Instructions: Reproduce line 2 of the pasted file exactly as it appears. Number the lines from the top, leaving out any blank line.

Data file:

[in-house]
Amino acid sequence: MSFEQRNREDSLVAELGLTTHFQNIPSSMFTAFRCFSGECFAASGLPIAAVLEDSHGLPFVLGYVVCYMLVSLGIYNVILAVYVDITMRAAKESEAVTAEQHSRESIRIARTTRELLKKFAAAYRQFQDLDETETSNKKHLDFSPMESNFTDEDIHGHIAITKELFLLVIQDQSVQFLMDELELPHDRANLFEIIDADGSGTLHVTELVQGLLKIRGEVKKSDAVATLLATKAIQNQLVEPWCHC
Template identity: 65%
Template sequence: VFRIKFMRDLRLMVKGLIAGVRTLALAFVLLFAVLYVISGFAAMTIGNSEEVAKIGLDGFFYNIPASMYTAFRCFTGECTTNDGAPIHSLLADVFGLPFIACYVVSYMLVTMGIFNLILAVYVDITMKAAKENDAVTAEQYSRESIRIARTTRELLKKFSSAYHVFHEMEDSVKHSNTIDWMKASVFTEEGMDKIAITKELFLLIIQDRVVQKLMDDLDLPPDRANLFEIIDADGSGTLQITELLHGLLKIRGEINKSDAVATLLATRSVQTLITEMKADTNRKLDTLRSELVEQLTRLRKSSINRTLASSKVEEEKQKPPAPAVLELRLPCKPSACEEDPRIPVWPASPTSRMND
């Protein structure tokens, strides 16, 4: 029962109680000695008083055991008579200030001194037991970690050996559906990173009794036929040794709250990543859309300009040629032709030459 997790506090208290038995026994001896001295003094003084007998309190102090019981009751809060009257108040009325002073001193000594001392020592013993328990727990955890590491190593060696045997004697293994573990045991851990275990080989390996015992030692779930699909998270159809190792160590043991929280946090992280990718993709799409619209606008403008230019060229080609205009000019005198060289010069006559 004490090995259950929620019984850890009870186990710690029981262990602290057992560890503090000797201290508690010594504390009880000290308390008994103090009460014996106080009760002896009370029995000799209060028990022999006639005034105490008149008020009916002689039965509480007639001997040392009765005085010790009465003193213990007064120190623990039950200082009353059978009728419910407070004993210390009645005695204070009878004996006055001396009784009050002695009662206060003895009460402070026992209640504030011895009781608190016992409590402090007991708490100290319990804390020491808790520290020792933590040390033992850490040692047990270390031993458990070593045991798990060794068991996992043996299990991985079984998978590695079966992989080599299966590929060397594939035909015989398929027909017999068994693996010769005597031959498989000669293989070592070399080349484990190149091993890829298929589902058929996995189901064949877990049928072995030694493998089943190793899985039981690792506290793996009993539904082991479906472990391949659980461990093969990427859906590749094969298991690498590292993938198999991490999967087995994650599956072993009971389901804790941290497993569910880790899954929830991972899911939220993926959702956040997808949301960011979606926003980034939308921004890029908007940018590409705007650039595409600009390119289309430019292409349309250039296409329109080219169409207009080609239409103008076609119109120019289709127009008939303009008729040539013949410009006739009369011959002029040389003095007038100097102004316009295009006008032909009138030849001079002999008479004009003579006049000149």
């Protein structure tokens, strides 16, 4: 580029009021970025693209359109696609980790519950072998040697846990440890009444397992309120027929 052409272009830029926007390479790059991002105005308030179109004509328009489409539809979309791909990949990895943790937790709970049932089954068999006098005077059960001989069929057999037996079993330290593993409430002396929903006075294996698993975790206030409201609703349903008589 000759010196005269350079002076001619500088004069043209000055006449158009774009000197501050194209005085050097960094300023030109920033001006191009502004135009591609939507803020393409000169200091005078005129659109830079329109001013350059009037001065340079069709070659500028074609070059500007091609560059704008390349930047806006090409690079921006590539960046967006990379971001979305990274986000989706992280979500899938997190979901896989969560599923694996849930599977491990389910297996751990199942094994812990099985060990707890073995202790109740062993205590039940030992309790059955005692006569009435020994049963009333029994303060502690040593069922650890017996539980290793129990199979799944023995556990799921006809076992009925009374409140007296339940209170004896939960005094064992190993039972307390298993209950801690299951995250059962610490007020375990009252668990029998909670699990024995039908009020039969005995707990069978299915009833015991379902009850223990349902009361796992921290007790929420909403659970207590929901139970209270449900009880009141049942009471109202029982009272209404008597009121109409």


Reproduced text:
Amino acid sequence: MSFEQRNREDSLVAELGLTTHFQNIPSSMFTAFRCFSGECFAASGLPIAAVLEDSHGLPFVLGYVVCYMLVSLGIYNVILAVYVDITMRAAKESEAVTAEQHSRESIRIARTTRELLKKFAAAYRQFQDLDETETSNKKHLDFSPMESNFTDEDIHGHIAITKELFLLVIQDQSVQFLMDELELPHDRANLFEIIDADGSGTLHVTELVQGLLKIRGEVKKSDAVATLLATKAIQNQLVEPWCHC